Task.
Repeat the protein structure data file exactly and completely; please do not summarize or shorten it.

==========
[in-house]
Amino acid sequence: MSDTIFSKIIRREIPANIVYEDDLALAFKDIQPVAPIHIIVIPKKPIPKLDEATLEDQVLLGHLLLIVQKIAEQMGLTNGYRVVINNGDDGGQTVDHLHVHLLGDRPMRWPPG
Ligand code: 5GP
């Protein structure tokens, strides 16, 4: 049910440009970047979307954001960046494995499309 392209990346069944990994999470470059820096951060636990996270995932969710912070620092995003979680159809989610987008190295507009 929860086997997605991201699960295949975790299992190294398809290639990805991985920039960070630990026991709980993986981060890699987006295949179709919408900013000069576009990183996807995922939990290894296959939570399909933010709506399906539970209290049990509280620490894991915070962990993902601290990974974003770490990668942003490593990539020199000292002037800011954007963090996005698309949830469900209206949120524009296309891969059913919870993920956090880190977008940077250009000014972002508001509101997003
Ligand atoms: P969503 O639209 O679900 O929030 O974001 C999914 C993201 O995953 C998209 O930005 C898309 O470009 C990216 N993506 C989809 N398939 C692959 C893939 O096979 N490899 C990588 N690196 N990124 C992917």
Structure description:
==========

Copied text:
[in-house]
Amino acid sequence: MSDTIFSKIIRREIPANIVYEDDLALAFKDIQPVAPIHIIVIPKKPIPKLDEATLEDQVLLGHLLLIVQKIAEQMGLTNGYRVVINNGDDGGQTVDHLHVHLLGDRPMRWPPG
Ligand code: 5GP
């Protein structure tokens, strides 16, 4: 049910440009970047979307954001960046494995499309 392209990346069944990994999470470059820096951060636990996270995932969710912070620092995003979680159809989610987008190295507009 929860086997997605991201699960295949975790299992190294398809290639990805991985920039960070630990026991709980993986981060890699987006295949179709919408900013000069576009990183996807995922939990290894296959939570399909933010709506399906539970209290049990509280620490894991915070962990993902601290990974974003770490990668942003490593990539020199000292002037800011954007963090996005698309949830469900209206949120524009296309891969059913919870993920956090880190977008940077250009000014972002508001509101997003
Ligand atoms: P969503 O639209 O679900 O929030 O974001 C999914 C993201 O995953 C998209 O930005 C898309 O470009 C990216 N993506 C989809 N398939 C692959 C893939 O096979 N490899 C990588 N690196 N990124 C992917």
Structure description: